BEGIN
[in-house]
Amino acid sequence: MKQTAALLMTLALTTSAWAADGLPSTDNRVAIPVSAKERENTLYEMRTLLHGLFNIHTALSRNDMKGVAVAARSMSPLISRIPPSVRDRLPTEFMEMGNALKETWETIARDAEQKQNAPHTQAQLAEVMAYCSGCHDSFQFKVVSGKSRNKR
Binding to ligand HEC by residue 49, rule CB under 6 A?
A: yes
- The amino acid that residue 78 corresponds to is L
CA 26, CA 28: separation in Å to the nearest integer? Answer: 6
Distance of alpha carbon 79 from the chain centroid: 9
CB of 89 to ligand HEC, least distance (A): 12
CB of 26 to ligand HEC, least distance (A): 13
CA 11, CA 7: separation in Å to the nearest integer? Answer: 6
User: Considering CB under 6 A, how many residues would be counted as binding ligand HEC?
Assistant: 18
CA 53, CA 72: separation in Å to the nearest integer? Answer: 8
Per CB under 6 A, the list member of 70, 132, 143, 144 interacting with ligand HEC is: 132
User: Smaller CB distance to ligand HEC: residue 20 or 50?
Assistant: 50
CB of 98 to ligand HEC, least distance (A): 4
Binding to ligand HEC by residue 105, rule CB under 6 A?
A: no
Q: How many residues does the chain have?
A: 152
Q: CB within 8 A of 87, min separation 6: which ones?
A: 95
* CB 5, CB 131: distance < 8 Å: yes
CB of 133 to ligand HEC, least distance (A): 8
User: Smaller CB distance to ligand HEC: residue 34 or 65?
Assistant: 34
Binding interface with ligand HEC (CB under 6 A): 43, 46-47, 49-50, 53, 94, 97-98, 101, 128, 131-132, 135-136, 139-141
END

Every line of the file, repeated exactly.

[in-house]
Amino acid sequence: MKQTAALLMTLALTTSAWAADGLPSTDNRVAIPVSAKERENTLYEMRTLLHGLFNIHTALSRNDMKGVAVAARSMSPLISRIPPSVRDRLPTEFMEMGNALKETWETIARDAEQKQNAPHTQAQLAEVMAYCSGCHDSFQFKVVSGKSRNKR
Binding to ligand HEC by residue 49, rule CB under 6 A?
A: yes
- The amino acid that residue 78 corresponds to is L
CA 26, CA 28: separation in Å to the nearest integer? Answer: 6
Distance of alpha carbon 79 from the chain centroid: 9
CB of 89 to ligand HEC, least distance (A): 12
CB of 26 to ligand HEC, least distance (A): 13
CA 11, CA 7: separation in Å to the nearest integer? Answer: 6
User: Considering CB under 6 A, how many residues would be counted as binding ligand HEC?
Assistant: 18
CA 53, CA 72: separation in Å to the nearest integer? Answer: 8
Per CB under 6 A, the list member of 70, 132, 143, 144 interacting with ligand HEC is: 132
User: Smaller CB distance to ligand HEC: residue 20 or 50?
Assistant: 50
CB of 98 to ligand HEC, least distance (A): 4
Binding to ligand HEC by residue 105, rule CB under 6 A?
A: no
Q: How many residues does the chain have?
A: 152
Q: CB within 8 A of 87, min separation 6: which ones?
A: 95
* CB 5, CB 131: distance < 8 Å: yes
CB of 133 to ligand HEC, least distance (A): 8
User: Smaller CB distance to ligand HEC: residue 34 or 65?
Assistant: 34
Binding interface with ligand HEC (CB under 6 A): 43, 46-47, 49-50, 53, 94, 97-98, 101, 128, 131-132, 135-136, 139-141